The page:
procedures for redeeming savings bonds allow the registered owner to 
present a matured bond for payment at any time, irrespective of state 
law. Recognizing Kansas's escheat claim to bonds that it does not 
possess, and cannot establish are abandoned, would impair the rights of 
registered owners and others under Treasury regulations, and expose 
Treasury to claims for double payment.
    Kansas sued Treasury in the United States Court of Federal Claims, 
seeking payment for all matured, unredeemed savings bonds with 
registration addresses in Kansas that were issued between 1935 and 
1974, as well as other relief. At issue in the ongoing litigation is 
whether Treasury's savings bond regulations at 31 CFR 315.20 require 
Treasury to recognize the Kansas escheat judgment. Although the 
regulations do not require Treasury to recognize a state escheat 
judgment for unclaimed property, especially a judgment that interferes 
with existing rights, Treasury is proposing to amend 31 CFR 315.20 and 
other sections to address issues that arise from state escheat claims.

II. This Proposed Rule

    Treasury proposes to amend its savings bond regulations to 
explicitly address state escheat claims to unclaimed savings bonds. The 
amendments would be published at part 315, subparts E and O; part 353, 
subparts E and O; and part 360, subparts E and M.
    One group of amendments further defines the scope of the judicial 
proceedings covered by subpart E in parts 315, 353, and 360. The 
proposed amendments explicitly provide that escheat proceedings will 
not be recognized under subpart E.
    A second group of amendments establishes a new procedure for states 
to submit escheat claims under their unclaimed property statutes for 
Treasury's consideration. The proposed regulations provide Treasury 
with discretion to recognize an escheat judgment that purports to vest 
a state with title to a definitive savings bond that has reached the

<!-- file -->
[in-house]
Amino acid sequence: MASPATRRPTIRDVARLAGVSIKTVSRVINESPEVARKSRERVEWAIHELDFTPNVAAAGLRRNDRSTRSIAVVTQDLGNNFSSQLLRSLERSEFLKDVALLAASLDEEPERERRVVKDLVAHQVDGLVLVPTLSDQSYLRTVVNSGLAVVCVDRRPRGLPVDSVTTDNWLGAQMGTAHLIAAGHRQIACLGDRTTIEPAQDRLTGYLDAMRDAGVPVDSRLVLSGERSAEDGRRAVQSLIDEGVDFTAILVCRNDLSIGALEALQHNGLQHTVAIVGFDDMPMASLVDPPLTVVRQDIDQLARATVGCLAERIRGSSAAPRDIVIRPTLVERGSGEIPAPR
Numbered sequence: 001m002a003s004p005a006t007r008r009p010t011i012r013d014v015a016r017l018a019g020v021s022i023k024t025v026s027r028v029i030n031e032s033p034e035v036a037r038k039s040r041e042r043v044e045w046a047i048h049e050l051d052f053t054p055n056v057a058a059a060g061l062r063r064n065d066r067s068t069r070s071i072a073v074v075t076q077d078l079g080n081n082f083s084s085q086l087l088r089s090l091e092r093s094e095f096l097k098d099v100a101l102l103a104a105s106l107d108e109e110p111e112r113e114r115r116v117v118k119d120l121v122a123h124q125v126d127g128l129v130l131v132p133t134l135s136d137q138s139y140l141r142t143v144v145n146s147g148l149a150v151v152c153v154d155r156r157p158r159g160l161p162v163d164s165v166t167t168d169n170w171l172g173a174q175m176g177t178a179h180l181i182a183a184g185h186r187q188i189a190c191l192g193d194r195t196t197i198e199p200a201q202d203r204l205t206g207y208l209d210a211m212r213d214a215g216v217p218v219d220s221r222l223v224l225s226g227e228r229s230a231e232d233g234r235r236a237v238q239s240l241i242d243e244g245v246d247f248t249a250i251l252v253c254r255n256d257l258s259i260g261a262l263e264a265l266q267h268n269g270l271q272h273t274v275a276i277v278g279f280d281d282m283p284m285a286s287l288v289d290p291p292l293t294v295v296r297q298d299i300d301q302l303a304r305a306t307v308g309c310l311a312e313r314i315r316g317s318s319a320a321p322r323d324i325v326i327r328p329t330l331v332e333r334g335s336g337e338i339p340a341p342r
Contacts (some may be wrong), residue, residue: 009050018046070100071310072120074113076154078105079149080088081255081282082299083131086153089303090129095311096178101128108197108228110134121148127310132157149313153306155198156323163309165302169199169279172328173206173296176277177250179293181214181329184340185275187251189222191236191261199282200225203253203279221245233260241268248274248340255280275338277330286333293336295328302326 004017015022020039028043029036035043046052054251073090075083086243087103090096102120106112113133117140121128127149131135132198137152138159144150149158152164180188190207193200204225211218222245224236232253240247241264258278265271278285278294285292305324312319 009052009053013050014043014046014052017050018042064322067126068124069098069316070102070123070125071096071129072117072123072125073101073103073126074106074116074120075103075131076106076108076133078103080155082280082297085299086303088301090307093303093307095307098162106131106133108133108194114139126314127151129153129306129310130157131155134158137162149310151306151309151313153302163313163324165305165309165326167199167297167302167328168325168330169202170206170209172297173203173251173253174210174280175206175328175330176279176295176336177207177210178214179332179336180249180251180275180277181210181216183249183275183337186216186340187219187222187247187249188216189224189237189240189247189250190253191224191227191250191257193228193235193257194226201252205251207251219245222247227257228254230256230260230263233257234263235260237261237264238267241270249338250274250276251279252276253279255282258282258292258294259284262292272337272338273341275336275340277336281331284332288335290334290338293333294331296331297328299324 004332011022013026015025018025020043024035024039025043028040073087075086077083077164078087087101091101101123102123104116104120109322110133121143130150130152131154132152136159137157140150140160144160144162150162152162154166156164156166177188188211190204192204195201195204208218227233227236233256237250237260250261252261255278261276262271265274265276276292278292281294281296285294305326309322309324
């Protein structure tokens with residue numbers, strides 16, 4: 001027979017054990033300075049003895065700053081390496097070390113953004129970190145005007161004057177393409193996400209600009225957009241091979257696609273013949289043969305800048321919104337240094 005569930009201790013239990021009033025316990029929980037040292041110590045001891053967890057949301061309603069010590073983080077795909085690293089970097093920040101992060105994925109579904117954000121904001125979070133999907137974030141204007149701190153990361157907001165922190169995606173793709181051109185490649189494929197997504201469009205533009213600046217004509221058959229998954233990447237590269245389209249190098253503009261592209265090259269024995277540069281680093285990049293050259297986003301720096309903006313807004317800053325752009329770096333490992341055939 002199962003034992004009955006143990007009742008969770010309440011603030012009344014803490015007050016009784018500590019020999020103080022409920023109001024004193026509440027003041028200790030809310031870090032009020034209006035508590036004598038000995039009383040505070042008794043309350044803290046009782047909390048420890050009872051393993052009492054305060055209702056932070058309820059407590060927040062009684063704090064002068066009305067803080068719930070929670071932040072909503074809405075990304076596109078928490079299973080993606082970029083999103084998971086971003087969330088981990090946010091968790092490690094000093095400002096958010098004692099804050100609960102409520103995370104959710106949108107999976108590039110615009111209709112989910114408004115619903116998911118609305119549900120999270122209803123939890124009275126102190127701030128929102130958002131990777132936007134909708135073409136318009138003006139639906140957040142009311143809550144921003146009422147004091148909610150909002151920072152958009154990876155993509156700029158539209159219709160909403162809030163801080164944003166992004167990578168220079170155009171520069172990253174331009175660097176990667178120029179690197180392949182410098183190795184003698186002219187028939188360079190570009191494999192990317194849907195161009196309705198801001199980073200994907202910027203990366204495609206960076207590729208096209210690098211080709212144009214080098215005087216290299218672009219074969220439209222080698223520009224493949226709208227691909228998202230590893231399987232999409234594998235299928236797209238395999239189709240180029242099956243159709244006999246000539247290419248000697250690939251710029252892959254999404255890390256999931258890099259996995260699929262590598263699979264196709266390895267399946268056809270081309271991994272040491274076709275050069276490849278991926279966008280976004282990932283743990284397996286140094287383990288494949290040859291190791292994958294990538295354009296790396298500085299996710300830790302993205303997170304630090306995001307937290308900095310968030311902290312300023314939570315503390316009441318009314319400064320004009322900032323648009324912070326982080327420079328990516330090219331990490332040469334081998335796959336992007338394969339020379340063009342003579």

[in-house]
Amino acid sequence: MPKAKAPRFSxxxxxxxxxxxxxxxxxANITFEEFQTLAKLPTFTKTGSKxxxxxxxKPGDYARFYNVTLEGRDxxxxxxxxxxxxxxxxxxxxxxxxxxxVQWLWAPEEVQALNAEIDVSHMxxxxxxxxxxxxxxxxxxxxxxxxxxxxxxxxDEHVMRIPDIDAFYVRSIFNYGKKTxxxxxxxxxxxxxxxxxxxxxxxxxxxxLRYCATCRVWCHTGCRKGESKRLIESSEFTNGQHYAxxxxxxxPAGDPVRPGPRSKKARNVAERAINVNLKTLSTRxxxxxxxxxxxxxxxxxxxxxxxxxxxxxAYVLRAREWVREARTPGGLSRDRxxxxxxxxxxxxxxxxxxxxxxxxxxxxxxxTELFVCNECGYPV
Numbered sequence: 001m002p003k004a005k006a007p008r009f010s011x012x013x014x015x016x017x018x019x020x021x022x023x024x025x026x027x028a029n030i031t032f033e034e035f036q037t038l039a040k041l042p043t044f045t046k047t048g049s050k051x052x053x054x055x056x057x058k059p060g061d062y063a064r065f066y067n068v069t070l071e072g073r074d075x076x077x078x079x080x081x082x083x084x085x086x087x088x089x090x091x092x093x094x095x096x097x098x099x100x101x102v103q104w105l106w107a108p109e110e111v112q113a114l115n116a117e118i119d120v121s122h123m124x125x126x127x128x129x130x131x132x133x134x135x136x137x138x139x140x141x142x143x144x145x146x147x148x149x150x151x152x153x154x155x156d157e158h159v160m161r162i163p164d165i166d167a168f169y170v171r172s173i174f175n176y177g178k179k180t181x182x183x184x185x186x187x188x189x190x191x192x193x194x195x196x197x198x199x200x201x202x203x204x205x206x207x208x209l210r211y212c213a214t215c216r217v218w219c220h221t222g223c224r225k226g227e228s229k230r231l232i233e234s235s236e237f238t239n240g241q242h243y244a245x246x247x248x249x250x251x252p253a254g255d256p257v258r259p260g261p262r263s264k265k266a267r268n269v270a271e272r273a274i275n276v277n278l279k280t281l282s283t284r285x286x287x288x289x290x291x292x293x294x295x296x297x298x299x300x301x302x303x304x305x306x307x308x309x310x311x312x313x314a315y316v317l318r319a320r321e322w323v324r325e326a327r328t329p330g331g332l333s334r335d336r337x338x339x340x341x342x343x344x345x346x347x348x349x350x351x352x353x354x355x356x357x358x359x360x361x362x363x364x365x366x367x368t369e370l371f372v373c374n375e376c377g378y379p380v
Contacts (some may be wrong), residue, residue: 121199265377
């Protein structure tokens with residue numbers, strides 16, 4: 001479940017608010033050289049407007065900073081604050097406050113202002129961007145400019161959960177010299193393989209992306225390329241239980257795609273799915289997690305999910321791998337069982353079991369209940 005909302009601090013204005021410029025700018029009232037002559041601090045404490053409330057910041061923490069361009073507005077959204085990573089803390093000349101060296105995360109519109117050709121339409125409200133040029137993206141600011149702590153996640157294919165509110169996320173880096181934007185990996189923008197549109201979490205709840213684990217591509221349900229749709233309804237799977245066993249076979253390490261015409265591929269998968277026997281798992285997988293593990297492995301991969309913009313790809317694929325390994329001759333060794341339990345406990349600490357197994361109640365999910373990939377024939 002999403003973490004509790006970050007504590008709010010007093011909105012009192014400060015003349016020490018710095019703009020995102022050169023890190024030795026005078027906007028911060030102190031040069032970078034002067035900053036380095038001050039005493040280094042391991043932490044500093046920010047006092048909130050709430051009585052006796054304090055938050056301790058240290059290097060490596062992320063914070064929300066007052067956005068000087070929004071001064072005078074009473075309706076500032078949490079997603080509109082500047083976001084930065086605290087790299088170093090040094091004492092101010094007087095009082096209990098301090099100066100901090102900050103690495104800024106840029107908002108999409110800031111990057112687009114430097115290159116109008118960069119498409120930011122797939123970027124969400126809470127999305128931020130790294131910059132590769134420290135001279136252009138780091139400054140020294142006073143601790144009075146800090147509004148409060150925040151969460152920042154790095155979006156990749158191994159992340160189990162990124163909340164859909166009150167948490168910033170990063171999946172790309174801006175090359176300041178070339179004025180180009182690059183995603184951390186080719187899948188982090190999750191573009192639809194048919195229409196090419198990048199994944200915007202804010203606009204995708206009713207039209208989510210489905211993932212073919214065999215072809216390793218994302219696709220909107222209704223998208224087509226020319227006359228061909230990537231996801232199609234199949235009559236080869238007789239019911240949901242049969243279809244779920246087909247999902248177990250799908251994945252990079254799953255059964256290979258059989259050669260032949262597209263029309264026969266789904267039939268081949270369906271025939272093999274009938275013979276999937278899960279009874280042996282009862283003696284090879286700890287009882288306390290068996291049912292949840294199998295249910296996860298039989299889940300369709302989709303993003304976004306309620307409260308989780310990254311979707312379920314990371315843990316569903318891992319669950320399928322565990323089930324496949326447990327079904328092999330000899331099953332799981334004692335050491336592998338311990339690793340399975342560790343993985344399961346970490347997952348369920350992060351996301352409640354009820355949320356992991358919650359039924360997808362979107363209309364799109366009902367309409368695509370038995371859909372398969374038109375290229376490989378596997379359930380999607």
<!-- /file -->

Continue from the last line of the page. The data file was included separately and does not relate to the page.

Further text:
final extended maturity date and is in the state's possession, when the 
state presents evidence satisfactory to Treasury that the bond has been 
abandoned by all persons entitled to payment under Treasury 
regulations. Escheat judgments that purport to vest a state with title 
to bonds that the state does not possess will not be recognized.
    The proposed regulations would require a state to demonstrate, at a 
minimum, that it made reasonable efforts to provide actual and 
constructive notice of the escheat proceeding to all persons listed on 
the face of the bond and all persons who may have an interest in the 
bond. The state must also demonstrate that those persons had an 
opportunity to be heard before the escheat judgment was entered. The 
steps normally required in a state escheat proceeding may be adequate 
to establish abandonment, but Treasury is not bound by these 
proceedings. Because state escheat rules may vary and state escheat 
proceedings are often uncontested, Treasury reserves the right to 
require additional evidence of abandonment. Under the proposed 
regulations, if a state seeks to redeem bonds in its possession to 
which it has obtained title via escheat, the proceeding must have 
provided notice and an opportunity to be heard to those who the state 
claims have abandoned their right to payment. Treasury may also require 
a bond of indemnity, with or without surety, in any case for the 
protection of the United States' interests. See 31 CFR 315.91, 353.91, 
and 360.91.
    The proposed regulations make explicit that Treasury will not 
recognize escheat judgments that convey custody, but not title, to a 
state. This principle is well established in Federal case law and has 
been incorporated into the proposed regulation.
    Treasury proposes to recognize escheat judgments regarding bonds in 
a state's possession as a discretionary matter, because the breadth of